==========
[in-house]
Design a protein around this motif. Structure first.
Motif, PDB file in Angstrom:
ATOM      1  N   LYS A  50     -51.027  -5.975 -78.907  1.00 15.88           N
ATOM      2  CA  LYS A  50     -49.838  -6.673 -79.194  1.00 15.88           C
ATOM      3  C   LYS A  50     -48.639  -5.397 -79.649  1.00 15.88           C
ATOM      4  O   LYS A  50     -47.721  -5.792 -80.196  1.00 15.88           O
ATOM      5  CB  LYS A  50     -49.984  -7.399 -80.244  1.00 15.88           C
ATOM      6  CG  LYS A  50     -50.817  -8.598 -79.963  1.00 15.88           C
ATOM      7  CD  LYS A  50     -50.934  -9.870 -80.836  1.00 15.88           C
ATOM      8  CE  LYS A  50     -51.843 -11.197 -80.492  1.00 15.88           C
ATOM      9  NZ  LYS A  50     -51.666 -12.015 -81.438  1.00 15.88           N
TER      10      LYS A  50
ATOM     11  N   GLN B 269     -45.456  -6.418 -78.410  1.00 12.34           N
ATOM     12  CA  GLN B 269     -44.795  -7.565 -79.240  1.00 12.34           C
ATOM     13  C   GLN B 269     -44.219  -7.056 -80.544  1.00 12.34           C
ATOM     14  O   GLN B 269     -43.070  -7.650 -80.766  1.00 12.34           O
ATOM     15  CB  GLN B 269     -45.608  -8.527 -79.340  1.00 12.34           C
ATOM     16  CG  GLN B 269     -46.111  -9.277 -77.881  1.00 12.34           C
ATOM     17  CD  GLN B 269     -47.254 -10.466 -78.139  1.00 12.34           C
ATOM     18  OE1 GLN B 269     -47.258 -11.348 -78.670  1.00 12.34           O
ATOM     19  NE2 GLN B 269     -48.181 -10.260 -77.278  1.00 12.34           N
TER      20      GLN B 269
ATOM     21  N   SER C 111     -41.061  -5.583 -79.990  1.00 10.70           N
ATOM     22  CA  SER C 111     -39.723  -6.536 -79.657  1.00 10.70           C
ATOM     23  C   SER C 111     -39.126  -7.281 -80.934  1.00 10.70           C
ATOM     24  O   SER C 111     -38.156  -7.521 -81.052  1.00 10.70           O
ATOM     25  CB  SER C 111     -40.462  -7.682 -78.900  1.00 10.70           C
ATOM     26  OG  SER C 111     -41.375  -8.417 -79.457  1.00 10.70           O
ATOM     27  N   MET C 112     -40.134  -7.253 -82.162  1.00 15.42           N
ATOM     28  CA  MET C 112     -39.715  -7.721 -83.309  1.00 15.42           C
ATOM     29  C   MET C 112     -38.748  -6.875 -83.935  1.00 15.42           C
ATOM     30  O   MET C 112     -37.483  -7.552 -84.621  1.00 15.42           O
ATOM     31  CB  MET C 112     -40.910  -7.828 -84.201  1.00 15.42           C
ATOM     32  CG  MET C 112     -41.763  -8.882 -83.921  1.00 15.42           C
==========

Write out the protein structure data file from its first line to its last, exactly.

[in-house]
Design a protein around this motif. Structure first.
Motif, PDB file in Angstrom:
ATOM      1  N   LYS A  50     -51.027  -5.975 -78.907  1.00 15.88           N
ATOM      2  CA  LYS A  50     -49.838  -6.673 -79.194  1.00 15.88           C
ATOM      3  C   LYS A  50     -48.639  -5.397 -79.649  1.00 15.88           C
ATOM      4  O   LYS A  50     -47.721  -5.792 -80.196  1.00 15.88           O
ATOM      5  CB  LYS A  50     -49.984  -7.399 -80.244  1.00 15.88           C
ATOM      6  CG  LYS A  50     -50.817  -8.598 -79.963  1.00 15.88           C
ATOM      7  CD  LYS A  50     -50.934  -9.870 -80.836  1.00 15.88           C
ATOM      8  CE  LYS A  50     -51.843 -11.197 -80.492  1.00 15.88           C
ATOM      9  NZ  LYS A  50     -51.666 -12.015 -81.438  1.00 15.88           N
TER      10      LYS A  50
ATOM     11  N   GLN B 269     -45.456  -6.418 -78.410  1.00 12.34           N
ATOM     12  CA  GLN B 269     -44.795  -7.565 -79.240  1.00 12.34           C
ATOM     13  C   GLN B 269     -44.219  -7.056 -80.544  1.00 12.34           C
ATOM     14  O   GLN B 269     -43.070  -7.650 -80.766  1.00 12.34           O
ATOM     15  CB  GLN B 269     -45.608  -8.527 -79.340  1.00 12.34           C
ATOM     16  CG  GLN B 269     -46.111  -9.277 -77.881  1.00 12.34           C
ATOM     17  CD  GLN B 269     -47.254 -10.466 -78.139  1.00 12.34           C
ATOM     18  OE1 GLN B 269     -47.258 -11.348 -78.670  1.00 12.34           O
ATOM     19  NE2 GLN B 269     -48.181 -10.260 -77.278  1.00 12.34           N
TER      20      GLN B 269
ATOM     21  N   SER C 111     -41.061  -5.583 -79.990  1.00 10.70           N
ATOM     22  CA  SER C 111     -39.723  -6.536 -79.657  1.00 10.70           C
ATOM     23  C   SER C 111     -39.126  -7.281 -80.934  1.00 10.70           C
ATOM     24  O   SER C 111     -38.156  -7.521 -81.052  1.00 10.70           O
ATOM     25  CB  SER C 111     -40.462  -7.682 -78.900  1.00 10.70           C
ATOM     26  OG  SER C 111     -41.375  -8.417 -79.457  1.00 10.70           O
ATOM     27  N   MET C 112     -40.134  -7.253 -82.162  1.00 15.42           N
ATOM     28  CA  MET C 112     -39.715  -7.721 -83.309  1.00 15.42           C
ATOM     29  C   MET C 112     -38.748  -6.875 -83.935  1.00 15.42           C
ATOM     30  O   MET C 112     -37.483  -7.552 -84.621  1.00 15.42           O
ATOM     31  CB  MET C 112     -40.910  -7.828 -84.201  1.00 15.42           C
ATOM     32  CG  MET C 112     -41.763  -8.882 -83.921  1.00 15.42           C